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they do not hear my voice 
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MES-Member

Joined: Sat Sep 16, 2006 2:40 am
Posts: 5
Location: Turkey
Post they do not hear my voice
and also I want a more suggestion from you.my classes are so crowded that(50 young students aged 7-10) I am not able to make my voice heard by the students.they are very active and noisy in a small classroom. they are so motivated with the powerpoint presentations by using a projector reflected on the board.and they make comments, sometimes laugh in a crazy way. but how can I make them quiet. it is a big problem.
yelling punishment and award does not work.

a suggestion from me maybe you can try to add pronunciations of the powerpoint flash cards so that my voice will stay with me.


Thu Nov 09, 2006 7:50 am
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MES-Addict

Joined: Wed Mar 29, 2006 9:36 am
Posts: 32
Location: Miyagi, Japan
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I'm fortunate to have only one class like this. I have finally learned to simply accept the situation and work with the students as they are.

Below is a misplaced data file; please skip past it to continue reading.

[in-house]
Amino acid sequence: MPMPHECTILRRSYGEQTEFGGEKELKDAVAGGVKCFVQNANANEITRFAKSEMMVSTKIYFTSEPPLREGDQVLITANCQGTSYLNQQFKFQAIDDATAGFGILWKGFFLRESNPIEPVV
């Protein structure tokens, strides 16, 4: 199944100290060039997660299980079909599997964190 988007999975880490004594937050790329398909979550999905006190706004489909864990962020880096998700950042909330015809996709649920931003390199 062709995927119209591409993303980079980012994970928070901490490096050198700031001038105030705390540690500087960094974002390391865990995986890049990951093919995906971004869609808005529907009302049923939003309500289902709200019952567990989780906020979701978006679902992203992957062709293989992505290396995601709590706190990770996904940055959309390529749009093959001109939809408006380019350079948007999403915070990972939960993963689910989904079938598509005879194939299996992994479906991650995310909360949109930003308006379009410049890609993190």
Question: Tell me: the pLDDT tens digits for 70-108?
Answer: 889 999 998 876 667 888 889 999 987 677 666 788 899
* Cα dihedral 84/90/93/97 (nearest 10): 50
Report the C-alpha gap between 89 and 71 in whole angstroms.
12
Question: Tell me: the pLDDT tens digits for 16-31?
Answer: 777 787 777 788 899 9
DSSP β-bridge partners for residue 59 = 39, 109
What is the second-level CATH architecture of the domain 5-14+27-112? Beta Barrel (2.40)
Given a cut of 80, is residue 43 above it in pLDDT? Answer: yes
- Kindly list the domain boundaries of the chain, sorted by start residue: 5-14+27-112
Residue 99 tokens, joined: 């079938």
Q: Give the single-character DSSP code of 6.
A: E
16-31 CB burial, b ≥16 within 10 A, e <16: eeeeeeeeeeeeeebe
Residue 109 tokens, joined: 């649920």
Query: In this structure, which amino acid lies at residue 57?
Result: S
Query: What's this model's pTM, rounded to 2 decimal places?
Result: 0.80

My answer is to simply wait. If the students are talking, stand at the front and wait for them to calm down. Don't yell at them, though it's usually effective to smile and talk in a loud voice.

It sounds like they're eager to learn, so they're not likely to just continue talking forever. If you stand at the front and wait for the students to be quiet, they'll probably police themselves when the learners want to move forward. You might have to cut some of the material and plan a slower curriculum....but if you can smile, let the kids talk things through...it might just work.


Thu Nov 09, 2006 3:28 pm
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Joined: Fri Sep 15, 2006 4:02 am
Posts: 36
Location: SPAIN
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Hie!

I can't believe it! 50 students per group that's crazy!
Do you think it is possible to teach a foreign language in such crowded groups? I don't think so! How can you practise the oral skill?

Good luck and be careful with your voice it is one of our main tools in our daily teaching!


Tue Nov 28, 2006 4:54 am